How To Treat Laryngitis - When You Are A Singer

As singers (or speakers), we must learn how to treat laryngitis.
And while there are very specific things to do (or not do) in order to recover from laryngitis, some of the process is very personal, as healing depends upon a variety of factors that are unique to each individual.

For myself, after many years of being a singer and a vocal coach, I can usually sense the early stages of what may become laryngitis, (a certain type of scratchiness in my vocal cords - a certain kind of pain in one tonsil) and I quickly stop all unnecessary singing and talking.

Then I follow a personal sore throat ritual (read here) and another one, (read here) "OK, but can I still sing?"

Sometimes, if it is absolutely required, I will sing. But often, I have discovered that it is better for me to cancel everything and just stay quiet. And of course, if the sore throat does not go away within several days, I see an ENT (ear/nose/throat) doctor as soon as possible.

(PSST! SINGERS, SIGN UP FOR MY FREE NEWSLETTER - "HOT TIPS FOR SMART SINGERS?" from the "Smart Singers" series of publications?)

Many, many people are concerned about how to treat laryngitis. I receive e-mails often about this subject. And since I am not a doctor or speech therapist, I can only give advice based on my own singing and coaching experience.

So I was really pleased to discover an info-packed podcast with the highly qualified speech therapist, Joanna Cazden recently and to learn that she had written a book on the subject of looking after one's throat: EVERYDAY VOICE CARE: The Lifestyle Guide for Singers and Talkers

Cazden´s book covers a wide range of singer/speaker-related issues: how the voice works, how voices grow and why they suffer, how foods and drinks affect the voice, what it means to "warm up the voice."

About the singer´s warm up she writes: "When it is time to warm up your voice, stop other activities and make a conscious choice to clear your mind of past or future tasks."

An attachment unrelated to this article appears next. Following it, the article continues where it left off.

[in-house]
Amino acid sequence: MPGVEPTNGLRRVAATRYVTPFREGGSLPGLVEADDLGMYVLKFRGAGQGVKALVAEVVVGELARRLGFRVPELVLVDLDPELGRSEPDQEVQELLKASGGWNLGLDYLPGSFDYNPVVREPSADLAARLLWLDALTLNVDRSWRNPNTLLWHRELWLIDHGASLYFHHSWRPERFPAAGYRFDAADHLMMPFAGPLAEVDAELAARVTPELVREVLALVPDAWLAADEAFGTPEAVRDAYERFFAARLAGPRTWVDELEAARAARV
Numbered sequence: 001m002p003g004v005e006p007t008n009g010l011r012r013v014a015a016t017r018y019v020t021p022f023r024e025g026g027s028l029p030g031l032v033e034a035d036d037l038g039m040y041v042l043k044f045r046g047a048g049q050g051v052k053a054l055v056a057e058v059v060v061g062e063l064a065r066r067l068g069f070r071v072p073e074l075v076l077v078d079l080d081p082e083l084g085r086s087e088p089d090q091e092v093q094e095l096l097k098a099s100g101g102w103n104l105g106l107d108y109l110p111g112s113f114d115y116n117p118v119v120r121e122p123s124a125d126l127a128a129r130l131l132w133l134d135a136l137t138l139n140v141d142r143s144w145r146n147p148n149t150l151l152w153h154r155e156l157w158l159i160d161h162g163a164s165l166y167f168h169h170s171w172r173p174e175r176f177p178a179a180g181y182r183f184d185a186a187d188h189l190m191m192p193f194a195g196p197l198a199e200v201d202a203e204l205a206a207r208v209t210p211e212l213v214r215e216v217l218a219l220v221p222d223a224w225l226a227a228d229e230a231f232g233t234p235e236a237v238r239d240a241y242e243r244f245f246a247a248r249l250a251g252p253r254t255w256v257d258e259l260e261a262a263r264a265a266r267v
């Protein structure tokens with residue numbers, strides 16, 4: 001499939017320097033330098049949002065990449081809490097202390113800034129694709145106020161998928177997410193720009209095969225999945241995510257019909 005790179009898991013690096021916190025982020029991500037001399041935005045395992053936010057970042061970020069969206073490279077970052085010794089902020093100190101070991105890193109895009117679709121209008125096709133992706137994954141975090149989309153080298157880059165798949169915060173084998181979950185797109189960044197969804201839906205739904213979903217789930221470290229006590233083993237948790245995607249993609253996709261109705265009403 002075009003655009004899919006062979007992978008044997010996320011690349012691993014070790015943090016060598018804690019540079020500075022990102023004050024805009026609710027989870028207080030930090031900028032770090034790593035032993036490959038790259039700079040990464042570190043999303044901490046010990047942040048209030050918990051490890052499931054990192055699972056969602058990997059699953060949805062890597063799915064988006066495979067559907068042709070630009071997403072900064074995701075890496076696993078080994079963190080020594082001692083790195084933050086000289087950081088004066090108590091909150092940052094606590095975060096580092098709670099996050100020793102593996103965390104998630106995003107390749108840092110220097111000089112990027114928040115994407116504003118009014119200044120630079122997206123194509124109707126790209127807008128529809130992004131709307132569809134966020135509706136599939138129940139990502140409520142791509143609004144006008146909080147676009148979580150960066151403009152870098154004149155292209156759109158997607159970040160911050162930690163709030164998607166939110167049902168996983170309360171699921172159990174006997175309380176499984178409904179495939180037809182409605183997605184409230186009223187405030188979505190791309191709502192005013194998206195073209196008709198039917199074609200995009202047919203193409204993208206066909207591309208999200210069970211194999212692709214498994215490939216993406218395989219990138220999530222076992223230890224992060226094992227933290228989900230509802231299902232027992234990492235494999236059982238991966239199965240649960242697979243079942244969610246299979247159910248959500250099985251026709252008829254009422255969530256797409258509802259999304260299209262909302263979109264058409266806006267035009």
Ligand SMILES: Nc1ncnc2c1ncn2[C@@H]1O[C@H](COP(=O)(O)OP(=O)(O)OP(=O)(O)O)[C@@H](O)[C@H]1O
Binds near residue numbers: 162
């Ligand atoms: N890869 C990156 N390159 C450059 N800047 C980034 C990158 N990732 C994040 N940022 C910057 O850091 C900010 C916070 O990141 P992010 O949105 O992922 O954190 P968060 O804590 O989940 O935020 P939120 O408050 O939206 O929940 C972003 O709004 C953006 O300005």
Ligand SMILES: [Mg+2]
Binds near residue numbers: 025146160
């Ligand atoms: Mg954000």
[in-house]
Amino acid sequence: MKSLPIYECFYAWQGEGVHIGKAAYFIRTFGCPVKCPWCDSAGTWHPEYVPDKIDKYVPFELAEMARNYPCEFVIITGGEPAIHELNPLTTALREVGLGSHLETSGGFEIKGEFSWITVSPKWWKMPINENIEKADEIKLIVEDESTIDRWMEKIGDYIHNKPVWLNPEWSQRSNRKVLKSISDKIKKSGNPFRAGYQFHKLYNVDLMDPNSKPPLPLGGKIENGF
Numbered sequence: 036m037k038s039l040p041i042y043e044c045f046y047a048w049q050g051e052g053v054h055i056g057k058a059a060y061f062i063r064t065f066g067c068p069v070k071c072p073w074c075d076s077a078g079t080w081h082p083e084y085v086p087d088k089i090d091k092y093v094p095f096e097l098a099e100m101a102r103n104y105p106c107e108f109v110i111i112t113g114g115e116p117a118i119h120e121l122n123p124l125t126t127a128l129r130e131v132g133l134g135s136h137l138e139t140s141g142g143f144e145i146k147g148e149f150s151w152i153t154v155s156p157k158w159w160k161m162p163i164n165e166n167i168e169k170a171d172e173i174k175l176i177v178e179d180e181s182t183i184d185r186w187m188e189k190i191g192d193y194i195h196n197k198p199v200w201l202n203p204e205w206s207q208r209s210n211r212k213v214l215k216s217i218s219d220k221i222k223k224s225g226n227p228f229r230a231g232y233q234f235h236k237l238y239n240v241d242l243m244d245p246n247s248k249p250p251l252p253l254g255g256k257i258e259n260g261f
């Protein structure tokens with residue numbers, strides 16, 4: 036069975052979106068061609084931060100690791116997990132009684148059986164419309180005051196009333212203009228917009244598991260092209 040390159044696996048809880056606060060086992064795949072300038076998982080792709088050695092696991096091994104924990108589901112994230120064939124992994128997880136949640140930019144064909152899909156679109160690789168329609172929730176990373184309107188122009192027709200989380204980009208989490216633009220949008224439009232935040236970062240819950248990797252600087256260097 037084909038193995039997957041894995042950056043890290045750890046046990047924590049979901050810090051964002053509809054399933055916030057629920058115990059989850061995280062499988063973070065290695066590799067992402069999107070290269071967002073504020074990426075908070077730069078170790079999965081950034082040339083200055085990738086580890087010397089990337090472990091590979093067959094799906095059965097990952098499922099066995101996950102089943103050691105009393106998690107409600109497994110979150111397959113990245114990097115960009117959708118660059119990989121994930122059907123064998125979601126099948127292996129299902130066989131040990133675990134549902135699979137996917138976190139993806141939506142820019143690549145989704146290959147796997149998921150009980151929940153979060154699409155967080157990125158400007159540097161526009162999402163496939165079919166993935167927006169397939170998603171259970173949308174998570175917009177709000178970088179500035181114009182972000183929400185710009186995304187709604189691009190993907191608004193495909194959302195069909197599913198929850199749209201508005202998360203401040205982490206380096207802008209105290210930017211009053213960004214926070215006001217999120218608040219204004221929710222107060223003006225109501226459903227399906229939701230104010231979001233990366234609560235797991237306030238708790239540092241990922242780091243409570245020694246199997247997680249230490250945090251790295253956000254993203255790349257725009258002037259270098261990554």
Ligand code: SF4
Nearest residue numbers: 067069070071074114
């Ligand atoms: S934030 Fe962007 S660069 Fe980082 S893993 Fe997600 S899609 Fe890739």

Cazden stresses the importance of being mentally and emotionally ready to sing. She is also very aware of the importance of living the meaning of the words - like an actor. in fact, she feels that singers should take speech classes with actors in order to better understand how to be more physically connected with the voice.

The Singing-Through-A-Straw! Exercise

In her section on first aid for hoarseness, after writing in detail about ways to prevent problems, the need for deep rest for the voice and the great importance of seeing a good doctor if the problem persists beyond 2-weeks, she suggests two exercises that may help with cellular healing of the tissues.

One involves humming, and the other - which I found very interesting has to do with singing through a straw!

Here is the very well-known voice expert, Dr. Titze (also a fine singer), demonstrating how to vocalize through a straw.

In this video, he is talking about speakers who have tired voices. But if you have a sore throat or if you are hoarse, this exercise should only be done for short periods of time in the easiest part of your range - never pushing through to notes that strain you in any way. If you feel strain, do not sing!

In her book, Cazden also makes recommendations about throat lozenges and about using herbs and supplements. She stresses the importance of having a balanced life - with a good family/friend support system. She ends the book with a great number of resources - links to many valuable Web sites, books and articles about taking care of both the voice and the singer!

I highly recommend her book! Read it for an expert and well-thought through approach to keeping your voice and your self in good shape.

EVERYDAY VOICE CARE: The Lifestyle Guide for Singers and Talkers

I wish you a healthy throat and great singing!

Back From How to Treat Laryngitis to Singing Tips With Barbara Lewis